Gastrulation is a vital process that takes place during the development of the embryo. During the pregnancy there are some changes that make it possible for a zygote -a one-cell embryo- to become a healthy and fully developed baby.
At day five, the embryo is a single-layered blastula with two types of cells; a single layer of cells named trophoblast and the inner cell mass. This inner mass will eventually give rise to the final structures of the fetus. The first stage of this changing process is the gastrulation. Therefore, gastrulation is, probably, the most important stage in the development of the embryo, because all its tissues start grow at this stage.
The gastrulation is defined as the process in which three germ layers are formed: the ectoderm, mesoderm and endoderm.
From the blastula -early developmental stage of the embryo- there is a series of cell migrations and cell fusions that will make up three well diferenciated layers. From these layers all the tissues of the baby-to-be are made.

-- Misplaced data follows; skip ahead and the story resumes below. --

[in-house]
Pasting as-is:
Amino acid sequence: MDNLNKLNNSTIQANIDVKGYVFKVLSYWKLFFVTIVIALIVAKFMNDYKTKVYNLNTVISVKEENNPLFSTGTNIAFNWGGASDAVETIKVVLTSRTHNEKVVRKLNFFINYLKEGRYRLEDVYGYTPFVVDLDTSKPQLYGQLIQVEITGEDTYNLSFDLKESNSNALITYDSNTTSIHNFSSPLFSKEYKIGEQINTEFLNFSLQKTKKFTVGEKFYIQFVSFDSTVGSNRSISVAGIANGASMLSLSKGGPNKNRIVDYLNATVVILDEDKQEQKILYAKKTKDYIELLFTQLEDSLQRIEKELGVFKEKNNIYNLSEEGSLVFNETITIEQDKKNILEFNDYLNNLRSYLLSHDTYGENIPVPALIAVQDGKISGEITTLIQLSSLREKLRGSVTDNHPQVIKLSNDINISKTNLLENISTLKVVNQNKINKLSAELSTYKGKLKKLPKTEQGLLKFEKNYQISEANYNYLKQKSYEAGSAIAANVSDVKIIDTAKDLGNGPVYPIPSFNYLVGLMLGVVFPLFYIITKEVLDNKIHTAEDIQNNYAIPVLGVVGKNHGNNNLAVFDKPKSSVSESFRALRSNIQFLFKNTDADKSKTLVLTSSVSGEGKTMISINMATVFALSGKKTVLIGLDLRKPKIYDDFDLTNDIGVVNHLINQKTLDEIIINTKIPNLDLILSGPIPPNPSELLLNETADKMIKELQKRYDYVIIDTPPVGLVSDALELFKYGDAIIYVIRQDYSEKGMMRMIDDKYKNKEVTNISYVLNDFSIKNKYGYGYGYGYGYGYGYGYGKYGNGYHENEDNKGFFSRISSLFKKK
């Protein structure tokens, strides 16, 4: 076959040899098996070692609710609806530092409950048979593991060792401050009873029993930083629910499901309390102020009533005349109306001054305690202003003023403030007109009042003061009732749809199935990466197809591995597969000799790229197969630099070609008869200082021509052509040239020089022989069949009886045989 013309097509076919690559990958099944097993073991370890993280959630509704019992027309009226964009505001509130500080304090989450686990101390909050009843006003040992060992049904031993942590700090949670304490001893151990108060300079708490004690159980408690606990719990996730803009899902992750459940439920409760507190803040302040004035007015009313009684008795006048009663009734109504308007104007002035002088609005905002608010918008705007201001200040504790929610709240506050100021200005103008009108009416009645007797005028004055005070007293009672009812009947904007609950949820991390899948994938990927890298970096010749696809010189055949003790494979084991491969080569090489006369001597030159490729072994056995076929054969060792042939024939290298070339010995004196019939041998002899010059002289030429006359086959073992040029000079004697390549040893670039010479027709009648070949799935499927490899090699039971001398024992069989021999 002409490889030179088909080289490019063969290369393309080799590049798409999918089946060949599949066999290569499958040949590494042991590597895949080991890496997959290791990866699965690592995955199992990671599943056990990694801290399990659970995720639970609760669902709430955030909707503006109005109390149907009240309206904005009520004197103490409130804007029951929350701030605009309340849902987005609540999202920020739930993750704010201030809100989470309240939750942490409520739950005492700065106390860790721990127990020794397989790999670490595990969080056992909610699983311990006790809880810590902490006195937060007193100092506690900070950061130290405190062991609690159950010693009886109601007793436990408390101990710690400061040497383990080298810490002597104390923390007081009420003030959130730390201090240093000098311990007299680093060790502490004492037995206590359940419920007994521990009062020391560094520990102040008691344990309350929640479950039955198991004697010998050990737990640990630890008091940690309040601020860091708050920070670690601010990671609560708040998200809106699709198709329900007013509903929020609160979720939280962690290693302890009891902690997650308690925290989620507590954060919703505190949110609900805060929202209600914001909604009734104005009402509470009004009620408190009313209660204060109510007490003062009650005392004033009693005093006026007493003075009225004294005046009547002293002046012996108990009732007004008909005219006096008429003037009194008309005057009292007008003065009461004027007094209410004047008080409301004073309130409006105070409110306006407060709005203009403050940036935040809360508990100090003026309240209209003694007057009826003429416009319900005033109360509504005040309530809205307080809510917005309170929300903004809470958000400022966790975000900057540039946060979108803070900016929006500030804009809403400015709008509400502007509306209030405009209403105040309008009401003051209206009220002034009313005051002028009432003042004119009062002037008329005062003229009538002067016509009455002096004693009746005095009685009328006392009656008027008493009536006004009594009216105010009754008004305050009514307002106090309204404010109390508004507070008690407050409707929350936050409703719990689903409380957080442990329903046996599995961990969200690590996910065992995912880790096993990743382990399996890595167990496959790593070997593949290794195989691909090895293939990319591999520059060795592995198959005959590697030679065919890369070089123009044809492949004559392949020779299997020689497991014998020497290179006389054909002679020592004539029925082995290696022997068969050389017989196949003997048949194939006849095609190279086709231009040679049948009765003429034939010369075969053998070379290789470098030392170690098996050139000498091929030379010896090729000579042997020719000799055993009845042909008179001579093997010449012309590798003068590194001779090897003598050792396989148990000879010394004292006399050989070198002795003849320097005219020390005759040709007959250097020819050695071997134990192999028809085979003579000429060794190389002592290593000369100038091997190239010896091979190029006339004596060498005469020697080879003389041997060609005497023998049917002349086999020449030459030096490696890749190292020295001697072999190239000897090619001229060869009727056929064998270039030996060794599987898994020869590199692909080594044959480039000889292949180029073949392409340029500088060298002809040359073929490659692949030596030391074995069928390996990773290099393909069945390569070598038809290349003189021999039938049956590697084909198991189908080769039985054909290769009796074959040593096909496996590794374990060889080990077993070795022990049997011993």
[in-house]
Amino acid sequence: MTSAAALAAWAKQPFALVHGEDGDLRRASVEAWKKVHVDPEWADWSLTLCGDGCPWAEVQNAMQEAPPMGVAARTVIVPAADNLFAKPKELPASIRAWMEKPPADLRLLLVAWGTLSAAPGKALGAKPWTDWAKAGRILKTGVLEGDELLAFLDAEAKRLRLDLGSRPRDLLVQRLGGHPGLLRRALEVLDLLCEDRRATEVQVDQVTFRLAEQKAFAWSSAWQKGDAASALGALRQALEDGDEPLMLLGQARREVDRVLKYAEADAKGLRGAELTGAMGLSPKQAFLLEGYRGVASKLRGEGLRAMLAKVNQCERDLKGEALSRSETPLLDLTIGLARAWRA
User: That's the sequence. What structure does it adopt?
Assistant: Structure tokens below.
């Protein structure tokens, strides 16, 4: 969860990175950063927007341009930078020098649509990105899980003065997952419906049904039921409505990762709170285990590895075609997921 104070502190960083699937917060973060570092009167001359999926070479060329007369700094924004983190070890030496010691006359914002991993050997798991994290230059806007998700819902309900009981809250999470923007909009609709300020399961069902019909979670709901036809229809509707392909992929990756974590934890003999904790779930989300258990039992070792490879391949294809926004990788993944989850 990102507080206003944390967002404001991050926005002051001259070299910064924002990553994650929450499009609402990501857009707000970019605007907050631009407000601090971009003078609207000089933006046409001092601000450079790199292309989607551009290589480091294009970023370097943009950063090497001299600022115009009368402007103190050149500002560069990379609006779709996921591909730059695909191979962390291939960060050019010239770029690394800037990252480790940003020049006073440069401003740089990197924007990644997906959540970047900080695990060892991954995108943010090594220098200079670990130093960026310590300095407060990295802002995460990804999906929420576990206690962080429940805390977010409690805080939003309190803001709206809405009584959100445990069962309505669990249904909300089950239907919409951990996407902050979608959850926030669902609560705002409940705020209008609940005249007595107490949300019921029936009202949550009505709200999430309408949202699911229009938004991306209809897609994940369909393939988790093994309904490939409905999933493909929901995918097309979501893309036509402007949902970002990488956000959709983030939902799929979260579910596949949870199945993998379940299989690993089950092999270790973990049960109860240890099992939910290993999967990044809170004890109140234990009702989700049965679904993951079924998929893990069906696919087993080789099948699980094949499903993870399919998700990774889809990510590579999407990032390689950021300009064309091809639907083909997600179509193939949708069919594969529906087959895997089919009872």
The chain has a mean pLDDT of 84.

The gastrulation takes place during the third week of the embryo’s life and, since it is an early developmental stage, it is included in the first trimester of the pregnancy.
Thanks to the process of gastrulation, the germ layers are formed, and each of them are intended for creating a different type of tissue; henceforth, all the tissues of the embryo will be created.
- Ectoderm: it is the outer layer and the first to be created. It encloses the embryo. This layer is the responsible for the creation of the skin, the epithelium of the mouth, cornea, the mammary glands glande and the nervous system.
- Mesoderm: it is the middle layer, but it’s created in the last place. It is the responsible for the tissues in the circulatory system, the excretorygm system, muscles, the bones and also the reproductive system.
- Endoderm: it is the inner layer of the embryo and the second to be created. It is from the endoderm that the majority of the inner organs are created, such as the digestive system, the glands and the respiratory system.